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Letter to the Editor
2020
:11;
159
doi:
10.25259/SNI_287_2020
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Isolated painless scoliosis in lumbar disc herniation

Departments of Neurosurgery, Avicenne Military Hospital of Marrakech and Mohammed V University in Rabat, Rabat, Morocco.
Departments of Physical Medicine and Functional Rehabilitation, Avicenne Military Hospital of Marrakech and Mohammed V University in Rabat, Rabat, Morocco.
Corresponding author: Ali Akhaddar, Department of Neurosurgery, Avicenne Military Hospital of Marrakech and Mohammed V University in Rabat, Rabat, Morocco. akhaddar@hotmail.fr
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How to cite this article: Akhaddar A, Arabi H. Isolated painless scoliosis in lumbar disc herniation. Surg Neurol Int 2020;11:159.

To the Editor,

Painful scoliosis and lumbar disc herniations (LDHs) are well documented in the pediatric, adolescent, and young adult populations.[1-3] However, isolated painless scoliosis and LDH rarely occur together and are often misdiagnosed as idiopathic scoliosis for long periods of time.

CASE REPORT

A 24-year-old male presented with a 12-month history of progressive scoliosis and difficulty walking without spinal or radicular pain. For the past several months, he had been misdiagnosed as having idiopathic scoliosis and was being treated with bracing and physical therapy without any improvement. On examination, he had a significant scoliotic deformity (i.e., tilt to the left) with a reduced range of lumbar motion and/muscle spasm restricting right lateral flexion [Figure 1]. He had no other focal neurological deficits. Plain radiographs showed a primary right lumbar curve (Cobb angle 30° and 70 mm deviation) without a rotational spinal deformity [Figure 2a]. The spinal CT scan and MR studies showed a right paramedian LDH at the L4–L5 level [Figure 2b-d]. Following a conventional right L4–L5 open discectomy, the “deformity” resolved, and the patient was neurologically intact demonstrating no recurrent symptoms 2 years later [Figure 3].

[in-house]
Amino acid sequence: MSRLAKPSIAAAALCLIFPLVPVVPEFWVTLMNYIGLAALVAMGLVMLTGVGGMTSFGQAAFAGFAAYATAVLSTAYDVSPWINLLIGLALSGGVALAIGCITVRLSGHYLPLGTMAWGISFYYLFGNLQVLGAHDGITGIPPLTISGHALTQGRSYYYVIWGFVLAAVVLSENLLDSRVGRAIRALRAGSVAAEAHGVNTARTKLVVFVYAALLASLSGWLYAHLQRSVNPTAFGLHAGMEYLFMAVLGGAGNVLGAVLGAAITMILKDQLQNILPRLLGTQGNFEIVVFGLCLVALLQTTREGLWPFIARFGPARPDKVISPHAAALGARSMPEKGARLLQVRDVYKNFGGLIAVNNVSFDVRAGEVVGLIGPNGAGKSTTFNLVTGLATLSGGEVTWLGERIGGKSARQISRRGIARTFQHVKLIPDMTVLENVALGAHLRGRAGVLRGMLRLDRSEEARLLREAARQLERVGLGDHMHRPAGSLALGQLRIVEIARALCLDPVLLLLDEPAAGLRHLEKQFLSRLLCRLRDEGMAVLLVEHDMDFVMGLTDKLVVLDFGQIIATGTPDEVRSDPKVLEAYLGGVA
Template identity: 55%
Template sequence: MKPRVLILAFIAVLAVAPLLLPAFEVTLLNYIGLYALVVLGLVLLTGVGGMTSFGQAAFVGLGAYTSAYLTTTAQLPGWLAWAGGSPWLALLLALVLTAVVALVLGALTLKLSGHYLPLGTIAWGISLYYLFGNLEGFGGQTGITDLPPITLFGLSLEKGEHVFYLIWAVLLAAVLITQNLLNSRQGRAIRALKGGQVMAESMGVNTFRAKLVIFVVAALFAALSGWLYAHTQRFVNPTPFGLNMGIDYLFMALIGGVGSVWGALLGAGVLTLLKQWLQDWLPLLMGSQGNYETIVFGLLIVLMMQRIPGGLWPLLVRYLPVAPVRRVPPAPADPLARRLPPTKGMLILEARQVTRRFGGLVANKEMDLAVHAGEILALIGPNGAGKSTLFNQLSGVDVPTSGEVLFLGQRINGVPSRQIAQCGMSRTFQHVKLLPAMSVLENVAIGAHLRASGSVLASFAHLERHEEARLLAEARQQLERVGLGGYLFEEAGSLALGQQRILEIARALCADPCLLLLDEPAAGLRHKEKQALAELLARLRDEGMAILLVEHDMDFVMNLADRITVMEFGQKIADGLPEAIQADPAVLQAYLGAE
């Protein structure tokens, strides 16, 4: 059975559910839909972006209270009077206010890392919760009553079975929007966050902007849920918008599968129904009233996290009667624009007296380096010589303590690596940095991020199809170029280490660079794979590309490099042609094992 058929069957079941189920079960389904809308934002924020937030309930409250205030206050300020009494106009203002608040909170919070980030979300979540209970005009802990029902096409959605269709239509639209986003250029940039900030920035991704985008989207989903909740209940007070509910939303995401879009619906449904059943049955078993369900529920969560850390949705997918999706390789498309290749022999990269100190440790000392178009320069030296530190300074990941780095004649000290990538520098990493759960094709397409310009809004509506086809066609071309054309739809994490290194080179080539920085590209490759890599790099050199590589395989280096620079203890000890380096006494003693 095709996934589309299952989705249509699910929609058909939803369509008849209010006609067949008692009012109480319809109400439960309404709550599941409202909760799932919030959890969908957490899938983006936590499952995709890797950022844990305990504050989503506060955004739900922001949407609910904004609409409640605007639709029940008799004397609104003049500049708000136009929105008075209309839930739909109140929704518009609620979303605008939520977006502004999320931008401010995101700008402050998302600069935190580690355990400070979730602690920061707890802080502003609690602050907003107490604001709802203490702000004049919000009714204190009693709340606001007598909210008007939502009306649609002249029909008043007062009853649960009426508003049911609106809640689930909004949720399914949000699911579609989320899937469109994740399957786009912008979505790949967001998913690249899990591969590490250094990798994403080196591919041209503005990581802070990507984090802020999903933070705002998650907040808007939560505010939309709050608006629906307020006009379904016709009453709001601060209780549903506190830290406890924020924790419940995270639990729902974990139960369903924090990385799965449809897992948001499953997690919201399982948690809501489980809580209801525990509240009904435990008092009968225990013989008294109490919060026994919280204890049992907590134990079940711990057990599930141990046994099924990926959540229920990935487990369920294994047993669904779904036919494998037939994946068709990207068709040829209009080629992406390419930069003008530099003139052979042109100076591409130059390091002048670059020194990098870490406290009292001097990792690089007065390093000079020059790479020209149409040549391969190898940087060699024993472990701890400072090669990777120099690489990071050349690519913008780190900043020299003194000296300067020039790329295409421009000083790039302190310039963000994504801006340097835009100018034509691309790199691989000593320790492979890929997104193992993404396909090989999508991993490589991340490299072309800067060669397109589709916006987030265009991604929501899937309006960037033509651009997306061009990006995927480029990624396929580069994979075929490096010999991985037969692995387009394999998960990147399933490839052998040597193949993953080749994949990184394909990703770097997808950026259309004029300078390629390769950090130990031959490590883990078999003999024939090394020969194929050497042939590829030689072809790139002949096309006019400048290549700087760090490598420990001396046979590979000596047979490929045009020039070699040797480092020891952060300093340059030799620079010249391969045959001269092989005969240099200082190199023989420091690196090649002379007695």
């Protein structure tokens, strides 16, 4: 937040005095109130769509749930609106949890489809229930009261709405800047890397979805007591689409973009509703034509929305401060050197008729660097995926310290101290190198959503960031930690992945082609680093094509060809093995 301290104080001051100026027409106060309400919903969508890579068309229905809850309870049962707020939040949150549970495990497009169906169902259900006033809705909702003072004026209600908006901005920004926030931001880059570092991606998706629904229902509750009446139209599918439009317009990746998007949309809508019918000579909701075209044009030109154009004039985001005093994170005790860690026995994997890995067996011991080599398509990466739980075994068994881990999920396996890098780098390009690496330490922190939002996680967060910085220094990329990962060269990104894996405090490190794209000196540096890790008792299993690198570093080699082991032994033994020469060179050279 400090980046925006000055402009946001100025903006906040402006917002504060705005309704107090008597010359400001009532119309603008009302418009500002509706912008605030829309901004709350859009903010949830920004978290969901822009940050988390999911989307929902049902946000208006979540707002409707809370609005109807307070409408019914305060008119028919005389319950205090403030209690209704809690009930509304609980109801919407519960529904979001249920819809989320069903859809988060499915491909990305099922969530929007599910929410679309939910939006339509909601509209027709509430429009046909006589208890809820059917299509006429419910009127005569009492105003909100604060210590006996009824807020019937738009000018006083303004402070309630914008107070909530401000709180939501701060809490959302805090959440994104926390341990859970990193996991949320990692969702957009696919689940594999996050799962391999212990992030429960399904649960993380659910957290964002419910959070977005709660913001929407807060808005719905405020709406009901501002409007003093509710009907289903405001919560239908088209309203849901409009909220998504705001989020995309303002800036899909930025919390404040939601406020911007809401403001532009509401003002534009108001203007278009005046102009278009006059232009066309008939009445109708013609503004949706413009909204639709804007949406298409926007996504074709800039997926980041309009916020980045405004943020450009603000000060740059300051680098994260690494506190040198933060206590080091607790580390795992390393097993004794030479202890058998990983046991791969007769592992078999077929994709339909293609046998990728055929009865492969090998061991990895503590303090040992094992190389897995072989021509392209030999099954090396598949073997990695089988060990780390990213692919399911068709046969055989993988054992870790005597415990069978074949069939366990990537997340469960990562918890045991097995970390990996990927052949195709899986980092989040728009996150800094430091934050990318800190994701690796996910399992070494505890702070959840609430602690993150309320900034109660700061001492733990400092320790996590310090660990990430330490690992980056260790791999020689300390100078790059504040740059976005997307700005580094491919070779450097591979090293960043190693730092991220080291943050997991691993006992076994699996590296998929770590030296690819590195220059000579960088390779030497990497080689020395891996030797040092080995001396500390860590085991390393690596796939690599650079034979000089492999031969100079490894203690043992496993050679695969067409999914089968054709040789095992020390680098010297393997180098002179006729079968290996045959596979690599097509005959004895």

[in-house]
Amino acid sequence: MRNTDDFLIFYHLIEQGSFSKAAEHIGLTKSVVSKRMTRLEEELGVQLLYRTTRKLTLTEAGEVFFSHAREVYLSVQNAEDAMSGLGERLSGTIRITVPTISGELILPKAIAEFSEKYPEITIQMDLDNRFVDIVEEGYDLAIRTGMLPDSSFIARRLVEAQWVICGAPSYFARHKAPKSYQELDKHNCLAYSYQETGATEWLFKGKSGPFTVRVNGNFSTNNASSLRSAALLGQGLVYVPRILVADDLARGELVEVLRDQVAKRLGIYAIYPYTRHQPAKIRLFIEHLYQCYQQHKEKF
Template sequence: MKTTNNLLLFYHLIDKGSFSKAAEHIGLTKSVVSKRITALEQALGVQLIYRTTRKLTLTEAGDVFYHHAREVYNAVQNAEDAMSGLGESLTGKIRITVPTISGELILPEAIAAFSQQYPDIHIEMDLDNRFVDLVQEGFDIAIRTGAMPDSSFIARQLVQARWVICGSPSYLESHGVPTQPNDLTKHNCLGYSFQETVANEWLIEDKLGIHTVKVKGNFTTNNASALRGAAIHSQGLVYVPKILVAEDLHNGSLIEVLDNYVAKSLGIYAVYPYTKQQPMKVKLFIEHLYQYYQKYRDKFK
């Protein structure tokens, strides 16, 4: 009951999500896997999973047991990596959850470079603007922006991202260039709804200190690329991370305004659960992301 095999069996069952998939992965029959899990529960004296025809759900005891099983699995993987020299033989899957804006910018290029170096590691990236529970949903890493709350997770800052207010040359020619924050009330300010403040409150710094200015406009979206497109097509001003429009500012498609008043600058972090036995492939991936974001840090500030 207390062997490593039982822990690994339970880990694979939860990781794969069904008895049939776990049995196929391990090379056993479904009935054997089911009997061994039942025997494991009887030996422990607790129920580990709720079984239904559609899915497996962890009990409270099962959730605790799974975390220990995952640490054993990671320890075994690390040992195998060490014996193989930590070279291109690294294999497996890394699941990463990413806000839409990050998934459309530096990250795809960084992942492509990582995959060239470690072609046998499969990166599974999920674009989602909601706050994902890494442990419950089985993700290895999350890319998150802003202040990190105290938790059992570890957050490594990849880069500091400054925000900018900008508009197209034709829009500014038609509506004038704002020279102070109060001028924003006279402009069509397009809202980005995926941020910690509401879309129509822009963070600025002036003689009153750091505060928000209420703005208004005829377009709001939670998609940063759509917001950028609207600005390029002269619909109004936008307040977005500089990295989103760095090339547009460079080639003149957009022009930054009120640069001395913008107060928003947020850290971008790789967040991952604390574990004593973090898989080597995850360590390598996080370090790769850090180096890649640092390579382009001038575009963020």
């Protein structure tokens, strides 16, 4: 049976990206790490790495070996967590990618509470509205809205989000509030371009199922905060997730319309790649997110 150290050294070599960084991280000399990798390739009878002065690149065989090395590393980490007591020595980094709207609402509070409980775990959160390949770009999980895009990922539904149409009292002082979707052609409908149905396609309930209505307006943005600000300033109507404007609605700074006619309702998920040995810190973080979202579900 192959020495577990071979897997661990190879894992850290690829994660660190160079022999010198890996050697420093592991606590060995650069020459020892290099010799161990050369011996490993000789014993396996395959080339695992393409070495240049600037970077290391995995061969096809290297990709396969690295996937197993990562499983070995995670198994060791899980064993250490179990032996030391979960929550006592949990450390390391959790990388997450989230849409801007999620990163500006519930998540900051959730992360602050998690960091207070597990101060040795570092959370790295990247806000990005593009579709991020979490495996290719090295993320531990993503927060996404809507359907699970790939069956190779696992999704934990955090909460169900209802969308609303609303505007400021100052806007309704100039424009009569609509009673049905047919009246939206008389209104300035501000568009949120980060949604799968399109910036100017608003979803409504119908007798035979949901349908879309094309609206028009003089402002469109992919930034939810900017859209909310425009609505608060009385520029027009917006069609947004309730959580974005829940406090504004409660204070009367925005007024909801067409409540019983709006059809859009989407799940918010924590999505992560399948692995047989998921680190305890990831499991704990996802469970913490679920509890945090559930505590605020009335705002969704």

Figure 1:: Appearance of the patient’s back before surgery without (a) and with bracing (b).
Figure 2:: Anteroposterior plain radiograph of the thoracolumbar spine showing a primary right lumbar curve (Cobb angle 30° and 70 mm deviation) without rotational spinal deformity (a), axial lumbar spinal computed tomography scan (b), axial (c), and sagittal T2- weighted images (d) demonstrating a right paramedian lumbar disc herniation at L4–L5 level.
Figure 3:: Appearance of the patient’s back the day after surgery. Note the spontaneous correction of scoliosis.

CONCLUSION

In the pediatric, adolescent, and young adult populations, and acute LDH should be ruled out with MR studies as potential causes of and/or contributing to “deformity” before assigning a diagnosis of thoracolumbar scoliosis.

Declaration of patient consent

The authors certify that they have obtained all appropriate patient consent.

Financial support and sponsorship

Nil.

Conflicts of interest

There are no conflicts of interest.

REFERENCES

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